Read on if you would like to learn more about fall edges. From the exact definition of all specialist terms, and an overview of the legal requirements and of solutions, you obtain a clear picture about safety measures at fall edges.
Definition of fall edge
In principle a fall edge is an edge over which a person can fall downwards because of a
misstep, slip, or lack of attention. Unless protected, the person falls from his initial position - the standing surface - over the fall edge onto the impact surface (the ground or another surface). Fall edges therefore occur in many situations.
According to the Austrian Technical Regulations for Workplaces ASR A2.1 a fall edge occurs
- Between a surface which is level or inclined up to 20 degrees, and a surface inclined at more than 60 degrees
- At rounded or domed surfaces where the continued imaginary line leads to the tangent of an inclination angle exceeding 60 degrees
- At transitions between penetration-resistant and non-penetration-resistant surfaces
Some examples where fall edges occur in practice:
- Platforms, climbing platforms, and openings in floors
- Roof terraces and flat roofs
- Pitched roofs, round roofs, and domes
- Roof openings such as skylights and strip lights
- Industrial machinery and transport vehicles , and at standing surfaces for operating or maintaining them
- High-level racks
- haft edges and drains
Fall edge distance - what is a fall risk area?
A fall risk area is the surface adjacent to a fall edge and therefore clearly carrying a fall risk. In Germany, ASR A 2.1 defines the area within 2 metres of the fall edge as a fall-risk area. The same distance applies in Austria and Switzerland.
People located within this area must be protected against falling. It is irrelevant how long the person remains in the area. Even if the area is used as an access route, i.e. traversed to get to another location, appropriate fall protection must be installed.
Necessary: Protection of fall edges
In principle, legislation in the DACH countries requires that measures are taken to secure the fall edge if the fall height exceeds 2 metres. A lower height may apply, for example when work is being performed over water, and sinking may occur.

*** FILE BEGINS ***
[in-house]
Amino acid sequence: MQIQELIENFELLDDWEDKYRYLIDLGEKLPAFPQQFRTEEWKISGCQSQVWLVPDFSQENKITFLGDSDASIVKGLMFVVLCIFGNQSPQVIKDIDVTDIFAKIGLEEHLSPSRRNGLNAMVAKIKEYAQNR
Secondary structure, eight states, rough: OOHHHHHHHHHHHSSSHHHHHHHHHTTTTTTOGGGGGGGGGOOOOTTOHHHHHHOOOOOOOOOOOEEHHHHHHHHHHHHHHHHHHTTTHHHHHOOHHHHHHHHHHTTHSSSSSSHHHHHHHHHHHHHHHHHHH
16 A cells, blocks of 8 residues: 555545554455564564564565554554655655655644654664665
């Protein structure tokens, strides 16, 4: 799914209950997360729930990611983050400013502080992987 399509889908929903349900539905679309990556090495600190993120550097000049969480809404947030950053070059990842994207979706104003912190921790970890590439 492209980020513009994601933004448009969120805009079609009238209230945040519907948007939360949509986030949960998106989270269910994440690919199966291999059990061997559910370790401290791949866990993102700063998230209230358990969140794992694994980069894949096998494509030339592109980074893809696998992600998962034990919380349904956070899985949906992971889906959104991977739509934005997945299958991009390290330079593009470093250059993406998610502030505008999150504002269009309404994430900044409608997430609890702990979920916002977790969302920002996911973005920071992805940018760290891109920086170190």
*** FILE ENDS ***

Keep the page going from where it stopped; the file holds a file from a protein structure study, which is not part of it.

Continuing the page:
Employers must ensure that employees have a safe workplace (and safe access routes) adjacent to fall edges. There are many measures for securing fall edges, ranging from
- Temporary catch scaffolds and nets
- Fixed guards and special guardrails
- to lifeline and rail systems which are used as restraint and fall arrest systems.
LIGHT skylight protection system
The EAP-MOBI skylight fall-through protection system from INNOTECH can be used as fall-through protection, and also as a single anchor point for one person. This enables a person positioned on a skylight to move safely, starting from the ...
Guardrail System BARRIER
The variable railing system. As collective protection, the BARRIER guardrail system eliminates the danger which results from an edge.
The variable railing system
When accessing areas at height, edges (such as roof edges, working platforms, etc.) represent a danger area. One option for securing this danger area, both for construction work and for later servicing and maintenance tasks, consists of installing a guardrail system.
Lifeline Systems AIO
Our powerful AIO lifeline system provides a reliable and versatile solution.
The powerful lifeline system that offers a whole host of variants
Whether on a flat or pitched roof, in an industrial environment, in the energy industry, on poles, or in other application areas, the topic of fall protection is ever-present.
Rail System TAURUS
Curves, pitches, sloping positions, and of course straight runs: the TAURUS rail system is as versatile as the potential areas of application.
The strong and flexible rail system TAURUS
The system provides continuous fall protection along the entire run of rail, regardless of where the fall-risk areas are located or how they are arranged.
For guardrails, it must not be possible to fall over or through them. Generally a minimum height of 1 metre is a prerequisite, as well as an appropriate maximum separation of the vertical posts. This must be specified in each individual case.
A distinction is also made between individual and collective protective measures. Collective protection takes priority over individual protection. This means that, depending on the existing circumstances, various solutions can be selected for securing fall edges.